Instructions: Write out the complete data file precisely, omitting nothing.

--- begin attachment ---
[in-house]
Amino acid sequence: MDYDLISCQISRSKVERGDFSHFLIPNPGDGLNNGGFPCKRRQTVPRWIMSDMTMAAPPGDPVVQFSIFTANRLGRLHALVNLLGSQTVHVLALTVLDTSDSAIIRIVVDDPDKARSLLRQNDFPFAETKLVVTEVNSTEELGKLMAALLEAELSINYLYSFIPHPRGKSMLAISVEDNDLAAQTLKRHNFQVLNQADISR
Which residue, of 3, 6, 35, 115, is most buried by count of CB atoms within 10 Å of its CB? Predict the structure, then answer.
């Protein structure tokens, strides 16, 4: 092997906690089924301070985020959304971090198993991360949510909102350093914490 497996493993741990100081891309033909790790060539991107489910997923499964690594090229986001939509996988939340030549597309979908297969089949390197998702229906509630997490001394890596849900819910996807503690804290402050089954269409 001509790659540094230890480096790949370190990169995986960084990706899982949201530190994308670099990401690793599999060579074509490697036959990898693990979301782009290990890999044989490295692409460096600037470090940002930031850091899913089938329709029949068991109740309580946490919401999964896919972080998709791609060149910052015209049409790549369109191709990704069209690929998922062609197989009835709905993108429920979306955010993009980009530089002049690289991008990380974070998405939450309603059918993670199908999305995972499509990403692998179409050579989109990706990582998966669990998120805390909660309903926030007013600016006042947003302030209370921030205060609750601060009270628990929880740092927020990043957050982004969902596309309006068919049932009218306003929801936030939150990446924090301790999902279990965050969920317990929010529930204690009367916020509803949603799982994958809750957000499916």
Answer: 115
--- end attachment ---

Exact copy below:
[in-house]
Amino acid sequence: MDYDLISCQISRSKVERGDFSHFLIPNPGDGLNNGGFPCKRRQTVPRWIMSDMTMAAPPGDPVVQFSIFTANRLGRLHALVNLLGSQTVHVLALTVLDTSDSAIIRIVVDDPDKARSLLRQNDFPFAETKLVVTEVNSTEELGKLMAALLEAELSINYLYSFIPHPRGKSMLAISVEDNDLAAQTLKRHNFQVLNQADISR
Which residue, of 3, 6, 35, 115, is most buried by count of CB atoms within 10 Å of its CB? Predict the structure, then answer.
């Protein structure tokens, strides 16, 4: 092997906690089924301070985020959304971090198993991360949510909102350093914490 497996493993741990100081891309033909790790060539991107489910997923499964690594090229986001939509996988939340030549597309979908297969089949390197998702229906509630997490001394890596849900819910996807503690804290402050089954269409 001509790659540094230890480096790949370190990169995986960084990706899982949201530190994308670099990401690793599999060579074509490697036959990898693990979301782009290990890999044989490295692409460096600037470090940002930031850091899913089938329709029949068991109740309580946490919401999964896919972080998709791609060149910052015209049409790549369109191709990704069209690929998922062609197989009835709905993108429920979306955010993009980009530089002049690289991008990380974070998405939450309603059918993670199908999305995972499509990403692998179409050579989109990706990582998966669990998120805390909660309903926030007013600016006042947003302030209370921030205060609750601060009270628990929880740092927020990043957050982004969902596309309006068919049932009218306003929801936030939150990446924090301790999902279990965050969920317990929010529930204690009367916020509803949603799982994958809750957000499916």
Answer: 115